On April 4th I published an article titled “Apple is Toast (Well Maybe, Sort of) http://www.optionetics.com/marketdata/article.aspx?action=detail&aid=24324.
In that article I noted that AAPL might be running out of steam and that at least a short-term decline was possible and highlighted a potential trade to take advantage of said potential decline.
On April 24th I published an article titled “Apple Really Was Toast (Well Maybe, Sort of) http://www.optionetics.com/market/articles/2012/04/24/kaeppels-corner-apple-really-was-toast-well-maybe-sort-of
In that article I (wisely, as it turns out) fought the urge to gloat over the fact that Apple had declined sharply in the interim, because, well, to paraphrase a popular saying, “I’ve seen some stuff.” As in, I’ve seen a lot of things that I didn’t expect to happen, well, happen.
In the 4/24 article I did suggest an adjustment to the original trade which was designed to lock in a profit. Good thing too. Because “stuff happened.” This morning AAPL opened – how shall I say this – a "tad" higher. Now I suppose it all depends on your definition of “a tad”, however, in this case that tad worked out to be about $56 a share or about 10% higher.
The Net Result
Figures 1 and 2 display the adjusted trade as of the time I am writing. However, in the 4/24 article I suggested exiting if AAPL exceeded $610 a share. I mean, what are the odds? Er, I mean “Mission Accomplished”.
Figure 1 – Original Position with Adjustment
Figure 2 – Risk curves for adjusted AAPL OTM Butterfly
In a nutshell, if:
-The original May 610-560-510 OTM butterfly spread was entered in a ratio of 4x8x4.
-The trade was adjusted on 4/24 (the adjustment was suggested because AAPL had hit the middle strike of 560) by close ¾’s of the position, thus leaving a 1x2x1 spread.
-The trade was exited when AAPL gapped open above $610.
-The hypothetical profit on this position was $1,431 on an original investment of $3,844, or 37% in 21 days.
Is this the greatest trade anyone ever suggested? No. But it certainly is not the worst. So let’s review a couple of simple but useful lessons:
-When a security keeps making new price highs but the 3-day RSI (for example; other momentum indicators may also be examined and used) keeps registering lower peaks, this is often (please notice that I said “often” and not “always”) a sign that the security is running out of momentum and that at least a short-term decline may be imminent (please note that I said “a short-term decline may be imminent” and not “OH MY GOD IT’S THE TOP FOR SURE!!!!!” Yes, Virginia, there is a difference).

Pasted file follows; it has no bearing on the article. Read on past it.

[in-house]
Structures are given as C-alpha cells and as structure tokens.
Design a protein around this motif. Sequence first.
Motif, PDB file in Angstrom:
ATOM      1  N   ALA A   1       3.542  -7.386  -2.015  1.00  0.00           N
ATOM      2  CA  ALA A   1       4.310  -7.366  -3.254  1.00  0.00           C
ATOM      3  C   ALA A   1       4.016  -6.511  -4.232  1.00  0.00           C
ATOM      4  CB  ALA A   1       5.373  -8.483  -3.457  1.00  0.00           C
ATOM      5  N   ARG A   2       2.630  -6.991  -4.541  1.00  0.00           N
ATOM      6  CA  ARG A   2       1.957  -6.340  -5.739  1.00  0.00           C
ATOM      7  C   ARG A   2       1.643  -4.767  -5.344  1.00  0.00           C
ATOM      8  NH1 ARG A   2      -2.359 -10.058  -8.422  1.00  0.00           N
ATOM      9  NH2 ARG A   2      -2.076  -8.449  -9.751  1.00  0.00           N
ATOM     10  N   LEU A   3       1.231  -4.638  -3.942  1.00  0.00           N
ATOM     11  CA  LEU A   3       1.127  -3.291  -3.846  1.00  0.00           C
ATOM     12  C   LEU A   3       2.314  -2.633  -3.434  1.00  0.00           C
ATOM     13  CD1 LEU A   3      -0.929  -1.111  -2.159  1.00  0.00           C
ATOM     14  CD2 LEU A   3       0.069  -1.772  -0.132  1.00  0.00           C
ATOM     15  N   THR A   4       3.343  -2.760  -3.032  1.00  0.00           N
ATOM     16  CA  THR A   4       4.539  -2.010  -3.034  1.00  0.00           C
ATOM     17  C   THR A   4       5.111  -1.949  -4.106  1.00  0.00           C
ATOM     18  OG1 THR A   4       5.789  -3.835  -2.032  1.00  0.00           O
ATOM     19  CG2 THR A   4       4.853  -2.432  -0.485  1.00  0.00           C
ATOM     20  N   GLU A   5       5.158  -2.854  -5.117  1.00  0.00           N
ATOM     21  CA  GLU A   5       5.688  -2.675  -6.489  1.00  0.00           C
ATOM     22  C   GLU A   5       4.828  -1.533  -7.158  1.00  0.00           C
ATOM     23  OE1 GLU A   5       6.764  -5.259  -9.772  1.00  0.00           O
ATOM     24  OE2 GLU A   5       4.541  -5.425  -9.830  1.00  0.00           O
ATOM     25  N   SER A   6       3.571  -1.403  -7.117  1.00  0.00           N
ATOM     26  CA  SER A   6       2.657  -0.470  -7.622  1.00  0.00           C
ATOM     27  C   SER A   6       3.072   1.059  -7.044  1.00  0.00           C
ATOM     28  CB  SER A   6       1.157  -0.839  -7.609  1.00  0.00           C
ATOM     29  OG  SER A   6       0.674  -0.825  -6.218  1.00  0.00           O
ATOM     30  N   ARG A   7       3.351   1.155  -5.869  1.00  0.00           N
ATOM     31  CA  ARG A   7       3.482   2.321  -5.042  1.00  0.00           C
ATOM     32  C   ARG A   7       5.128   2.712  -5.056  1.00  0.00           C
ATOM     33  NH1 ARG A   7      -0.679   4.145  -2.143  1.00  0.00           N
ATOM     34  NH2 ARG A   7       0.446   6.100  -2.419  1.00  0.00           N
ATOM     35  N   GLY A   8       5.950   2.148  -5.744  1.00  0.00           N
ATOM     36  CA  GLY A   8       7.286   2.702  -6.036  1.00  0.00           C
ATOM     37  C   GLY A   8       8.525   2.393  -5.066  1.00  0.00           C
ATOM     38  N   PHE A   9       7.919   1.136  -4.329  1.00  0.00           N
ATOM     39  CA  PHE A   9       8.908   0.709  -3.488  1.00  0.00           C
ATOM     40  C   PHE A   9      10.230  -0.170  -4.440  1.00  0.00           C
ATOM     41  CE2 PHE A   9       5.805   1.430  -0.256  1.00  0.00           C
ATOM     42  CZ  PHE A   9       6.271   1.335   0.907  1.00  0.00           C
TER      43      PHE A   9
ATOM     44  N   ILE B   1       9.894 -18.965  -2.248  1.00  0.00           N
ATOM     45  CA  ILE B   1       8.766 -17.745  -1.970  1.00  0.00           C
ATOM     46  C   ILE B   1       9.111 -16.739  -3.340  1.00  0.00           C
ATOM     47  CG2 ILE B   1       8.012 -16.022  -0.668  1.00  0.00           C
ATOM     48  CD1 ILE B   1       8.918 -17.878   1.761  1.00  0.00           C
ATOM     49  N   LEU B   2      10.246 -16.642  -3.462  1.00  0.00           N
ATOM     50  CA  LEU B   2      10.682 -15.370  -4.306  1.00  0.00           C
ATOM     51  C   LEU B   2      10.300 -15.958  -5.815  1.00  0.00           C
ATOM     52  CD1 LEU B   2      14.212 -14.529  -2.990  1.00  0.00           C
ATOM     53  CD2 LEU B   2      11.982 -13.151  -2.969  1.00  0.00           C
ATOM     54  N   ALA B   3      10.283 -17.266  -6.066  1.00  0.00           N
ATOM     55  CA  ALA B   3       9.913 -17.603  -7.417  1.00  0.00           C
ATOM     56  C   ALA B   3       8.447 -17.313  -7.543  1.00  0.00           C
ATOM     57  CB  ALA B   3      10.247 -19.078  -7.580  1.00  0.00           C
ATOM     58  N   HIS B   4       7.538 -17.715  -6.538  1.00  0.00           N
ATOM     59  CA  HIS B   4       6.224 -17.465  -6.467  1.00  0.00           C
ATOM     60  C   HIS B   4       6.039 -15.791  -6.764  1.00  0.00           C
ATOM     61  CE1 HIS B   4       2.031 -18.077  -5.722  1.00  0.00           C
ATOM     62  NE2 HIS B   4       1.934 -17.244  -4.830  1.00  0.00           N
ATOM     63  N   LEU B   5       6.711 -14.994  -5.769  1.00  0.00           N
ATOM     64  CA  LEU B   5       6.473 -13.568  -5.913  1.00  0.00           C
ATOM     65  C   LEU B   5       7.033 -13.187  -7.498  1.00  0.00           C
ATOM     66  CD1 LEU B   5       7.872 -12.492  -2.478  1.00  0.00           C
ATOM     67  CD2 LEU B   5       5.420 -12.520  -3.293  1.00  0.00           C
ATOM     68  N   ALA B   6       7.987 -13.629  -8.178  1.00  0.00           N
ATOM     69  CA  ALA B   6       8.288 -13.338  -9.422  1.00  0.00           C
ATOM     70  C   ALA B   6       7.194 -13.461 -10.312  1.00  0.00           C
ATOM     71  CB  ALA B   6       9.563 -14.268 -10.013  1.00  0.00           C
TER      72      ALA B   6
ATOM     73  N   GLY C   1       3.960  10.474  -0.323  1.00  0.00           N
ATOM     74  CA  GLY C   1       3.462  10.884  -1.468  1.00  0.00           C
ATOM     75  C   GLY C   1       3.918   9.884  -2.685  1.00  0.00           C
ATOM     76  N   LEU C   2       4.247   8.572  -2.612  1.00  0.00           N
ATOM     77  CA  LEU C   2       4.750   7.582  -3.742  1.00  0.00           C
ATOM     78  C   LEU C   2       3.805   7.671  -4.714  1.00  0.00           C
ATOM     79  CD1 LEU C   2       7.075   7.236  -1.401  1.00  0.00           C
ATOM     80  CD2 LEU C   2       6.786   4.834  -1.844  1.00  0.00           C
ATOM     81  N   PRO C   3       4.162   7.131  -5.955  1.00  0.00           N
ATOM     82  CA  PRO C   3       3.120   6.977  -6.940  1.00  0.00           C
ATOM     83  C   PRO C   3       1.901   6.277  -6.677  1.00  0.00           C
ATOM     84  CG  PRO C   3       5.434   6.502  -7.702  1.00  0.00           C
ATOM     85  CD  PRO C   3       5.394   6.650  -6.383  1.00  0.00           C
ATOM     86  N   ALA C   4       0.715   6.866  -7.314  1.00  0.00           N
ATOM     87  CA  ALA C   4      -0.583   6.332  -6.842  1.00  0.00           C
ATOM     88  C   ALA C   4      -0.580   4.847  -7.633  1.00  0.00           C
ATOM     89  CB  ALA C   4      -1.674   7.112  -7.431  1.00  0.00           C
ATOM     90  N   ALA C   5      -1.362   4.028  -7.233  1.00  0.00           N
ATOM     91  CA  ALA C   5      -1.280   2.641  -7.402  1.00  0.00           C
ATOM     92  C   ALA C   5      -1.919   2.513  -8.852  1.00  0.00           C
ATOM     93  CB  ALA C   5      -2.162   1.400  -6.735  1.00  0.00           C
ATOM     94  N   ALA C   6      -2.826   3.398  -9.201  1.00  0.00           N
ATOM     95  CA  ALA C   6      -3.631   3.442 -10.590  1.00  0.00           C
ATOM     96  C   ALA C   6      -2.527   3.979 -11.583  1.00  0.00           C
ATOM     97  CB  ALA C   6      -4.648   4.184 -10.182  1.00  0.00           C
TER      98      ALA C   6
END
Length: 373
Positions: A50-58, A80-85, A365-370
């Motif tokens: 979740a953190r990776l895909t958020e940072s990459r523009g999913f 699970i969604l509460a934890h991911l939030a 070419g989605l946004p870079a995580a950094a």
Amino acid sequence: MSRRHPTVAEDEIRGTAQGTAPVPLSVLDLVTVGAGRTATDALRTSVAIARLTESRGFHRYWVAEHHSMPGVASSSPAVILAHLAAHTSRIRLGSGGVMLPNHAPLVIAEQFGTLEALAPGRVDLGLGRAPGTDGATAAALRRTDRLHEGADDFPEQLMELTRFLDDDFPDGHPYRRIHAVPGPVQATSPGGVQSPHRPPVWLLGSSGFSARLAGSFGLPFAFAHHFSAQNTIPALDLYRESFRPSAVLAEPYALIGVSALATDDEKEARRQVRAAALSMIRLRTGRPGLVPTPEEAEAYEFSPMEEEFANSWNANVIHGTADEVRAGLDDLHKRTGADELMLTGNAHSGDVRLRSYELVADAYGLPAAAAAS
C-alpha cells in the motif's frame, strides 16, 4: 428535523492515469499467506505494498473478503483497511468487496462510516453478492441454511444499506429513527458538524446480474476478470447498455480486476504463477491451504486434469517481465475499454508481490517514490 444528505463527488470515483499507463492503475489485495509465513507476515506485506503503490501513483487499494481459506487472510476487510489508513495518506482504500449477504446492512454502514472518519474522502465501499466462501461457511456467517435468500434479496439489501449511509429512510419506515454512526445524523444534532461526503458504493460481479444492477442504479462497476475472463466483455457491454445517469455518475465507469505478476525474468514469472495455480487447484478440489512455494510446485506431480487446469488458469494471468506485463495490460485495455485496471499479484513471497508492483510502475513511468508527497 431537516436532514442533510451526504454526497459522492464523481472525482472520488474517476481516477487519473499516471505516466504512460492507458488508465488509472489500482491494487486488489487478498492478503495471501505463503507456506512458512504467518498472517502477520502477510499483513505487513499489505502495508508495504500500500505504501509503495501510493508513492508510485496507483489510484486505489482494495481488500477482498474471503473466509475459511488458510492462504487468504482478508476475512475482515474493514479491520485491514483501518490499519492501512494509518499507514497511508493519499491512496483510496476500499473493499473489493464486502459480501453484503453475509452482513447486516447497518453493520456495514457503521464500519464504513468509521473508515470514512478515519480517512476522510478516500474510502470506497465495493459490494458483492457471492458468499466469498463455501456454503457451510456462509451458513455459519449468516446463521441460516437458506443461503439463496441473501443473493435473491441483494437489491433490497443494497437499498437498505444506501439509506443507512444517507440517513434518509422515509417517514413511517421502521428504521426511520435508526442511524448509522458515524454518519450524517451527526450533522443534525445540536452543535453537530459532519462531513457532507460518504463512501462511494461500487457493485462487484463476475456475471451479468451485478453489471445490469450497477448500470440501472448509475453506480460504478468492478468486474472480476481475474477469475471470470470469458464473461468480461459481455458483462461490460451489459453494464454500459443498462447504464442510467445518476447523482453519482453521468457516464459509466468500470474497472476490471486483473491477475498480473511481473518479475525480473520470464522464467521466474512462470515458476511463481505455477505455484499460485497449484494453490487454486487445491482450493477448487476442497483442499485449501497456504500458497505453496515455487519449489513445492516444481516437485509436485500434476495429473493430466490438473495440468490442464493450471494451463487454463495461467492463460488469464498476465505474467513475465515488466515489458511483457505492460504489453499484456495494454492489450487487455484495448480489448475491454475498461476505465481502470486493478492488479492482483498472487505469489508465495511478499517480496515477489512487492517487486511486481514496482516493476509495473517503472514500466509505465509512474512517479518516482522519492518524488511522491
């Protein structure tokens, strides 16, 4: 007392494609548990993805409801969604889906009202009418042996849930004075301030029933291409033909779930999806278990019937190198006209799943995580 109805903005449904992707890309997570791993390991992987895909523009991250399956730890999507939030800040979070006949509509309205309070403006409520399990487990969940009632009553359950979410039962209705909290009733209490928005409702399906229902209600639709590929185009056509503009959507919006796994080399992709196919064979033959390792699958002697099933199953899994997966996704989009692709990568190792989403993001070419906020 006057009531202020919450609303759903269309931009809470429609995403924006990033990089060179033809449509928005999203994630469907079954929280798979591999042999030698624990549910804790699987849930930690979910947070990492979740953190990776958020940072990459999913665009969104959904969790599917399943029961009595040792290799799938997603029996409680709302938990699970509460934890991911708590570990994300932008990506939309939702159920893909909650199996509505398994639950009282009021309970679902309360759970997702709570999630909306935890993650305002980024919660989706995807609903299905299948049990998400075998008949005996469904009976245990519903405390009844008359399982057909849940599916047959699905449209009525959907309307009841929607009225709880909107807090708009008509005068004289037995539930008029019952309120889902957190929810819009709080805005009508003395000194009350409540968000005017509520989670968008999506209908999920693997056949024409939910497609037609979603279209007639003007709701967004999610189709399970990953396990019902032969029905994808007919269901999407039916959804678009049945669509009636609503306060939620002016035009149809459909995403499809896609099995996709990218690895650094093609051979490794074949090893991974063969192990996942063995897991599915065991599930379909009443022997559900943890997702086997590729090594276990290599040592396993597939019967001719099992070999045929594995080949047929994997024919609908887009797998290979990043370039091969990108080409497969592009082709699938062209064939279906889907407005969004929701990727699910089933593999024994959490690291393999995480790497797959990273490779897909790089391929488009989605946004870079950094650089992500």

-An option trade - whether it be as simple as buying a put option or doing something a bit more complex like the out-of-the-money butterfly spread used in this series of articles – can afford a trader the opportunity to take advantage of short-term pullbacks, and depending on the trade maybe even making a lot of money, while risking only a limited amount of capital.
-Trade management should be thought out “in advance” and not “in the heat of battle.” For the AAPL OTM butterfly I determined that the trade should be adjusted if the stock got down to the middle strike of 560.
-If your trade management plan calls for you to do something if a certain trigger is reached/hit/activated/etc., (like for instance, adjusted your out-of-the-money butterfly spread if AAPL trades down to the middle strike of 560) then you MUST act at the appropriate time.
-re: Trade Management Planning in the micro sense, adjusting the AAPL spread when the stock hit $560 allowed this trade to exit with a profit of roughly $1,400 versus about $600 if the trade was left unadjusted. In other words, a trader who decided to “wait a day” just to “see what happens” would have missed out on $800 a profit when AAPL gapped higher.
-re: Trade Management Planning in the macro sense, training yourself to follow your plan religiously – even if you coulda/woulda/shoulda done something else in hindsight that might have worked out better this time around – is one of the key traits that separates the winners from the losers in the long run. NOTE: Please reread this last part until you pretty much have it memorized.
Staff Writer and Author of “Seasonal Stock Market Trends”
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